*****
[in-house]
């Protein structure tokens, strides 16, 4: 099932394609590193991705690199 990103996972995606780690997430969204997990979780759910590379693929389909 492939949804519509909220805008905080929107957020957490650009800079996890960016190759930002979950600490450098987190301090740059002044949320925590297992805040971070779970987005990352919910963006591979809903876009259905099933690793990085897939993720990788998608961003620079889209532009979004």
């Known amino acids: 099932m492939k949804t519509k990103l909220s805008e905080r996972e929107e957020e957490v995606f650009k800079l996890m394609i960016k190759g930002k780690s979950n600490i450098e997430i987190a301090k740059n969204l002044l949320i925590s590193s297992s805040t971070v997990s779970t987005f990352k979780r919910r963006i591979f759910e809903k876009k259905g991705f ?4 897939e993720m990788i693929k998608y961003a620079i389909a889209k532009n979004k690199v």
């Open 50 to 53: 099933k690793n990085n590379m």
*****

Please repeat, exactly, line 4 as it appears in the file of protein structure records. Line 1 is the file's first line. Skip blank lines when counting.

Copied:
């Open 50 to 53: 099933k690793n990085n590379m």